others  that  address  the  needs  of  students  across                                                                    
     Alaska in a  manner that is fair to  our most qualified                                                                    
     and experienced educators.                                                                                                 
     Today you  have heard from teachers  from across Alaska                                                                    
     about  their  perspectives  on  this  legislation,  and                                                                    
     their own  experiences with  layoff procedures.  As you                                                                    
     have  seen, what  makes sense  in  one community  often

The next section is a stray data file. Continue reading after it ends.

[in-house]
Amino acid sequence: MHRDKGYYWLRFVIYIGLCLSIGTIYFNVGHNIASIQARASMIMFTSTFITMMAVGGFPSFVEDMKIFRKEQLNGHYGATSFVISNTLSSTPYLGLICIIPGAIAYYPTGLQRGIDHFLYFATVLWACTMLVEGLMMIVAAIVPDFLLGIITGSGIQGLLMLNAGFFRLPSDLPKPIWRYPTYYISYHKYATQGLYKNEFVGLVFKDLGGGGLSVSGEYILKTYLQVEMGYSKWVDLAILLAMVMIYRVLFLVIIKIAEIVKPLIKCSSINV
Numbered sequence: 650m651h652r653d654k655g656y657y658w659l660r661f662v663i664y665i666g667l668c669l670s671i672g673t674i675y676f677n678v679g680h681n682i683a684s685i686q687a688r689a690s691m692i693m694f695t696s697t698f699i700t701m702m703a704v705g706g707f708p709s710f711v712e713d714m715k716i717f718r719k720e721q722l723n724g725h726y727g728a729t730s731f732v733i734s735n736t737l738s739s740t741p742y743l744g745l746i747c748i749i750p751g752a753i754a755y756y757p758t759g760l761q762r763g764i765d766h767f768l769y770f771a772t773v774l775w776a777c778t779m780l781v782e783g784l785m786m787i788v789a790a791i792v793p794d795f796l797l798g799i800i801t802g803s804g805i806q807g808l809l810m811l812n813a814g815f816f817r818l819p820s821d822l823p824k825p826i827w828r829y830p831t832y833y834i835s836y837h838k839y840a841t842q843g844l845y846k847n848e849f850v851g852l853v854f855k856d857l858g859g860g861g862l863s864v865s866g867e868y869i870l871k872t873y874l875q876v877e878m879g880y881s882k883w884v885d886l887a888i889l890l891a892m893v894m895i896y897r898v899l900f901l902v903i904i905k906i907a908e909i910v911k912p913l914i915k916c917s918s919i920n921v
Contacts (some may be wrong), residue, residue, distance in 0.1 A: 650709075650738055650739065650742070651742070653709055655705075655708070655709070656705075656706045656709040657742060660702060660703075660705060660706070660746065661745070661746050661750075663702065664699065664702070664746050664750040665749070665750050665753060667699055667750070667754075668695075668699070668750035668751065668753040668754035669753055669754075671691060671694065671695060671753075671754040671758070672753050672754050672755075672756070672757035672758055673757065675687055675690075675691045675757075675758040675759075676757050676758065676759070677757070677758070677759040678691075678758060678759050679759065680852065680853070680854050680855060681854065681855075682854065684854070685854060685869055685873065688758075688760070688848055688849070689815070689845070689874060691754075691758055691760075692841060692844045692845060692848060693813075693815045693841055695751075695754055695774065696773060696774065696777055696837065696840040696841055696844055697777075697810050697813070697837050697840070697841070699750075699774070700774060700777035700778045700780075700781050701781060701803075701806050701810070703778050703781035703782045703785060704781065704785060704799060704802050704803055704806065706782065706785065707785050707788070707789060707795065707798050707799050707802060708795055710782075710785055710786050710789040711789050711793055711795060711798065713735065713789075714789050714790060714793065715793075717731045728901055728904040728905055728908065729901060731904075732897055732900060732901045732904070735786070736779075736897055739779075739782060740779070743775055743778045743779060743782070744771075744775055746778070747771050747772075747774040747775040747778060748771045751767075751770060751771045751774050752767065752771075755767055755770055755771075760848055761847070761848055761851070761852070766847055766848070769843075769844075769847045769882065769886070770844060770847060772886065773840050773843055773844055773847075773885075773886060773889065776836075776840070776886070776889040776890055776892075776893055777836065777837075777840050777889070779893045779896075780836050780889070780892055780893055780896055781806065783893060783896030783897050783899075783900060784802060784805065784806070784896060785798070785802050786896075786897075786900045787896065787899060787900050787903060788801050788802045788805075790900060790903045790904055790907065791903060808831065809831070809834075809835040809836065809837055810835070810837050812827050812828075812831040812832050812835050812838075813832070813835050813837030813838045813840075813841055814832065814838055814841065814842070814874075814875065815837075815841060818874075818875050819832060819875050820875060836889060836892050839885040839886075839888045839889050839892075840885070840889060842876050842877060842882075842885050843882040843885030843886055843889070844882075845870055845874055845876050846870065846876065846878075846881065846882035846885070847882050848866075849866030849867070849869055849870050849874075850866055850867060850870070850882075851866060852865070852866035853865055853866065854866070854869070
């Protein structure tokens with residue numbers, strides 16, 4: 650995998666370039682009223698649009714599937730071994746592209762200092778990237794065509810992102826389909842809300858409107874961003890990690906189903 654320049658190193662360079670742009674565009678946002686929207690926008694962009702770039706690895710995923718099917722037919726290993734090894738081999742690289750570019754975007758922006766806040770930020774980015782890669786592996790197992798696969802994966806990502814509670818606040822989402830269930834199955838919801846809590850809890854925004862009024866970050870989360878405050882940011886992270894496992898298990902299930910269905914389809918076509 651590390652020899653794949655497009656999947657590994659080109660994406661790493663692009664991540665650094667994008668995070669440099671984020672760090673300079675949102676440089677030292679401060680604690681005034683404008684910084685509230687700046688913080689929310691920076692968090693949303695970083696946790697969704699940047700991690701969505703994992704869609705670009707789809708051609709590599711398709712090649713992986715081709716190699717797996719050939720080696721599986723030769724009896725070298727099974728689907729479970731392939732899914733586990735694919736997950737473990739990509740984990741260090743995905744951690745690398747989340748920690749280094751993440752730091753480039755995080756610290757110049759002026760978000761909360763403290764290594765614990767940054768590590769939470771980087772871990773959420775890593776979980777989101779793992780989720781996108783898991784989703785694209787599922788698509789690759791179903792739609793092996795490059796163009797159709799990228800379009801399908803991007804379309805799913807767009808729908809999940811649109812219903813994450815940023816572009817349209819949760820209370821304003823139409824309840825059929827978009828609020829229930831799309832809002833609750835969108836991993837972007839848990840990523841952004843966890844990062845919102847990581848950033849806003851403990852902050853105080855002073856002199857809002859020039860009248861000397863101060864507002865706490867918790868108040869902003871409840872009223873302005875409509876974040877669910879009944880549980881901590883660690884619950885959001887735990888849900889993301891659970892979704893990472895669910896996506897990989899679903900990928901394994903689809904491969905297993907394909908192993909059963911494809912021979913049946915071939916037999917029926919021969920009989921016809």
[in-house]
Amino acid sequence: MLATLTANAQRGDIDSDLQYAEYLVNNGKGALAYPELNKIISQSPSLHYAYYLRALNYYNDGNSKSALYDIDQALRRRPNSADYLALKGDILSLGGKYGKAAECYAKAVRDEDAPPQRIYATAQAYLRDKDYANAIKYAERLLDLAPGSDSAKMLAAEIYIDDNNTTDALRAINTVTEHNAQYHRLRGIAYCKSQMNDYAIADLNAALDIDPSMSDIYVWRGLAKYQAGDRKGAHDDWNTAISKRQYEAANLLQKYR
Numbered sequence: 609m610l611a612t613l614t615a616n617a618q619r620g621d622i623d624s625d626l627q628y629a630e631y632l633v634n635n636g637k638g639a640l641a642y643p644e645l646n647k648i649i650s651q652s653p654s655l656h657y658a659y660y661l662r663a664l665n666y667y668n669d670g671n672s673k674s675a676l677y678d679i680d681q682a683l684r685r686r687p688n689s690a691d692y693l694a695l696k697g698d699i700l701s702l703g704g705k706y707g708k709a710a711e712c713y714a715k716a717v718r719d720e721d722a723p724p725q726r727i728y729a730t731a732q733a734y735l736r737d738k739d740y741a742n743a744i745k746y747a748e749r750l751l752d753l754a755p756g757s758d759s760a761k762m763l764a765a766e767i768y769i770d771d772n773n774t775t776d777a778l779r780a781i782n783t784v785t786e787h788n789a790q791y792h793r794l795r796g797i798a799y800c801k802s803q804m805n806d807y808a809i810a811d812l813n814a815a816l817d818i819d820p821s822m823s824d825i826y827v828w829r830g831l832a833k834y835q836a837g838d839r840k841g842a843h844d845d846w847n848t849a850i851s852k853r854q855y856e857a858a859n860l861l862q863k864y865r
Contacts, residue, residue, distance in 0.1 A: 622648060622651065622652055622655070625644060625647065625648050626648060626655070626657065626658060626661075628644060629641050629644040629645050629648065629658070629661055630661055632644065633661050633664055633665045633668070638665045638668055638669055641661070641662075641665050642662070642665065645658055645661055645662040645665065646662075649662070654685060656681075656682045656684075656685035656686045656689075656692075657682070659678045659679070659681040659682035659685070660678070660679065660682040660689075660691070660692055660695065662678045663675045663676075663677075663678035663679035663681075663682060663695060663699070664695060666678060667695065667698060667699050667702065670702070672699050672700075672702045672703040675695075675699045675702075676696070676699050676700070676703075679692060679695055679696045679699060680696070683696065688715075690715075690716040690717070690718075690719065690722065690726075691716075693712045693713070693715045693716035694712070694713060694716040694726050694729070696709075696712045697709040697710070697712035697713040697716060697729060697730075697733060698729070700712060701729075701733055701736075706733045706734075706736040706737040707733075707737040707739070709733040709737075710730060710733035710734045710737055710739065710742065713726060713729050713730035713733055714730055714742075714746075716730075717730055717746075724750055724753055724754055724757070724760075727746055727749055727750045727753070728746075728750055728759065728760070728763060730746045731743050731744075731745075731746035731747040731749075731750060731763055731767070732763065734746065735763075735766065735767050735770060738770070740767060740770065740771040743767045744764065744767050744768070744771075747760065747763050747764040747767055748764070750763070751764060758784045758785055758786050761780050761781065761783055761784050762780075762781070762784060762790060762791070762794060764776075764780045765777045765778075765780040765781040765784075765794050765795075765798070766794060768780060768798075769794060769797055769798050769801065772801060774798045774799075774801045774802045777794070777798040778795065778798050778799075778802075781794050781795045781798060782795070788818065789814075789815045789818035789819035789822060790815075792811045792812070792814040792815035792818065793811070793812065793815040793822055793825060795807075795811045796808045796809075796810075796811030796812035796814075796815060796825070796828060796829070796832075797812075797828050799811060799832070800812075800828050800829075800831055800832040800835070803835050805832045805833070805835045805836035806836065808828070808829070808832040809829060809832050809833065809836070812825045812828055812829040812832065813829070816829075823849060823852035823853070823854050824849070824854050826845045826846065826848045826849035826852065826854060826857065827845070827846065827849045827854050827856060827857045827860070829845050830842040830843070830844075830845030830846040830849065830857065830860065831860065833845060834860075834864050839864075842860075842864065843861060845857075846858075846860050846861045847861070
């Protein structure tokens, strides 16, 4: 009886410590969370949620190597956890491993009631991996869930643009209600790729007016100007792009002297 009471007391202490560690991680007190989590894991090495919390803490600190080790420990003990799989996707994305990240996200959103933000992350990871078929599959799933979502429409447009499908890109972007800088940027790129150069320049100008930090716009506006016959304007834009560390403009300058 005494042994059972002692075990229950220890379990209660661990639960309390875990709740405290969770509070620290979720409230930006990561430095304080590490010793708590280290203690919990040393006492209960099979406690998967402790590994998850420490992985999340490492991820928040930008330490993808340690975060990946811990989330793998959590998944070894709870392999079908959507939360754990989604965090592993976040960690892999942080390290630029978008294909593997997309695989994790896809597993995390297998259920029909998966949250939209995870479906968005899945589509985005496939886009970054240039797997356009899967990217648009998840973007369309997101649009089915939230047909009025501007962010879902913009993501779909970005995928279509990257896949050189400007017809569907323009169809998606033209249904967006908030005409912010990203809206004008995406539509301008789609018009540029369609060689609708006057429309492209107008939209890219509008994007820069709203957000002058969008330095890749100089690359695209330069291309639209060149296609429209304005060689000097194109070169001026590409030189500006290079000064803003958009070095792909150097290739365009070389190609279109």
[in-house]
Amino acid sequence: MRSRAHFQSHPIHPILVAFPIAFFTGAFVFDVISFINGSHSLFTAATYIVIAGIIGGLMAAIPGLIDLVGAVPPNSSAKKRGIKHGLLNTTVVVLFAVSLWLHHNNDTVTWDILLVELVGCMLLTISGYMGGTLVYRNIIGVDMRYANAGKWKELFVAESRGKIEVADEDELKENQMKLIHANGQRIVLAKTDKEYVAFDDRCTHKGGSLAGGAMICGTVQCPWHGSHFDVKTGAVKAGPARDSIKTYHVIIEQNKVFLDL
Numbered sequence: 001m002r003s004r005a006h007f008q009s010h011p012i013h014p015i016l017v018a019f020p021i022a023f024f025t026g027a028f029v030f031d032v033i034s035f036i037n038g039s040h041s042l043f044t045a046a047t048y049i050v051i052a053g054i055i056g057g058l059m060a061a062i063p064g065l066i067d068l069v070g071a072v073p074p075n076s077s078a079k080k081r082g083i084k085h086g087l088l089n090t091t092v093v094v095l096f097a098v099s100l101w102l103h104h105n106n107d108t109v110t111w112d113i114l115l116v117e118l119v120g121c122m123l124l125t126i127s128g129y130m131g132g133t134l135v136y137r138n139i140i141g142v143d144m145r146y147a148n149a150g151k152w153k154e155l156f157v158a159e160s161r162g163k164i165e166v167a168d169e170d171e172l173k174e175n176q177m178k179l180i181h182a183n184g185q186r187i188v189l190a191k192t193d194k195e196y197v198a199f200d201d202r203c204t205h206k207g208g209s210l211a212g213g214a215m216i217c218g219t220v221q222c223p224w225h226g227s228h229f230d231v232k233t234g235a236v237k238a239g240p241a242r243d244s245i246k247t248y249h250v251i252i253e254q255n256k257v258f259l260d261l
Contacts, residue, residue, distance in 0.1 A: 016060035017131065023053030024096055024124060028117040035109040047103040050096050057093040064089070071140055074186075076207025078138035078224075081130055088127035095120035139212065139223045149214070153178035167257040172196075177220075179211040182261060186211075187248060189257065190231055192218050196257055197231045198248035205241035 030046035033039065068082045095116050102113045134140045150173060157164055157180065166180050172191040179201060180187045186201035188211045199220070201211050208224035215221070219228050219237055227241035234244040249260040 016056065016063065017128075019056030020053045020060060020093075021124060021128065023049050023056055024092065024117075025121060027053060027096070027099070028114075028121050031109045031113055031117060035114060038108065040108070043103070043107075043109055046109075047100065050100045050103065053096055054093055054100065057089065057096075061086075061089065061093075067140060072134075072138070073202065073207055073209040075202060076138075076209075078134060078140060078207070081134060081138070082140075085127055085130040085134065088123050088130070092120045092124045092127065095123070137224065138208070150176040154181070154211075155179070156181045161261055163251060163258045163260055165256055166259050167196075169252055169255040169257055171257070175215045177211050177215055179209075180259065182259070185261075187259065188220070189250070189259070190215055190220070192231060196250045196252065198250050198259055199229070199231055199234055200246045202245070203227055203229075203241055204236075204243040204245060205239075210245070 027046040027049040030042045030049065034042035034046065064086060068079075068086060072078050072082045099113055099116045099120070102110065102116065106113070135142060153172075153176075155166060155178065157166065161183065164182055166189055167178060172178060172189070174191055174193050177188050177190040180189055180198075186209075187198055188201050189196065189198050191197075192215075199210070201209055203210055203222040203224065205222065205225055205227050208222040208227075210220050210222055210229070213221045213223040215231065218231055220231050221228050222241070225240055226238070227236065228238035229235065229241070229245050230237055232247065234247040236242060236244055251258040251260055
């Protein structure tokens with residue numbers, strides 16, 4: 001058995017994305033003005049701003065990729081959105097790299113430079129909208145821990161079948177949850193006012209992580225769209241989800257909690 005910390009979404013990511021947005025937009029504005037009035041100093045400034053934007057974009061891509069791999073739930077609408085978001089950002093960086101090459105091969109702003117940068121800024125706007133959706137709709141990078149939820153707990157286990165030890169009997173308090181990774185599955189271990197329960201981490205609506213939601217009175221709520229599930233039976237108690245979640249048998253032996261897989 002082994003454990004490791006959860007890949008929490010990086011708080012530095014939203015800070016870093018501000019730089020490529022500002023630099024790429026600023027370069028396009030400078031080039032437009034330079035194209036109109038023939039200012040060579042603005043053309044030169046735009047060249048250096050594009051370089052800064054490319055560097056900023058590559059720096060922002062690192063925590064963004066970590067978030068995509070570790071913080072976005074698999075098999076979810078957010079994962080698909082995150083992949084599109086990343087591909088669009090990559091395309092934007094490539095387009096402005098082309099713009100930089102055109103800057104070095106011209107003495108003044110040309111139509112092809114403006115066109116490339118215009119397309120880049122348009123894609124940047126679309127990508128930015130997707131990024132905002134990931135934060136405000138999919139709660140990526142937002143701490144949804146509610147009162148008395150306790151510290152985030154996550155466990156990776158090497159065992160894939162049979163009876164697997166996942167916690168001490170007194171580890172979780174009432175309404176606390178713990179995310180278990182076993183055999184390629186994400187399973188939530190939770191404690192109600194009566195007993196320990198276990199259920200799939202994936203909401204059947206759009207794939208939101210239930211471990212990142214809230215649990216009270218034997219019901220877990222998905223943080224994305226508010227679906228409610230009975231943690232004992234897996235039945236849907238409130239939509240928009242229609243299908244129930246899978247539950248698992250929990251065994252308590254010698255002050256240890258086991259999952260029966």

isn't  the right  fit for  another. But,  by addressing                                                                    
     these issues  at the local level  and working together,                                                                    
     we can  continue to  create a  positive result  for our                                                                    
9:07:04 AM                                                                                                                    
PATRICK  MAYER, Superintendent,  Wrangell Public  Schools, stated                                                               
support  for HB  298, and  said the  quality of  teachers in  the                                                               
district is  evident in  the consistently high  test scores.   He                                                               
echoed the sentiments of Dr.  Paramo, regarding the need to focus                                                               
on the reduction  in force process and the two  triggers that are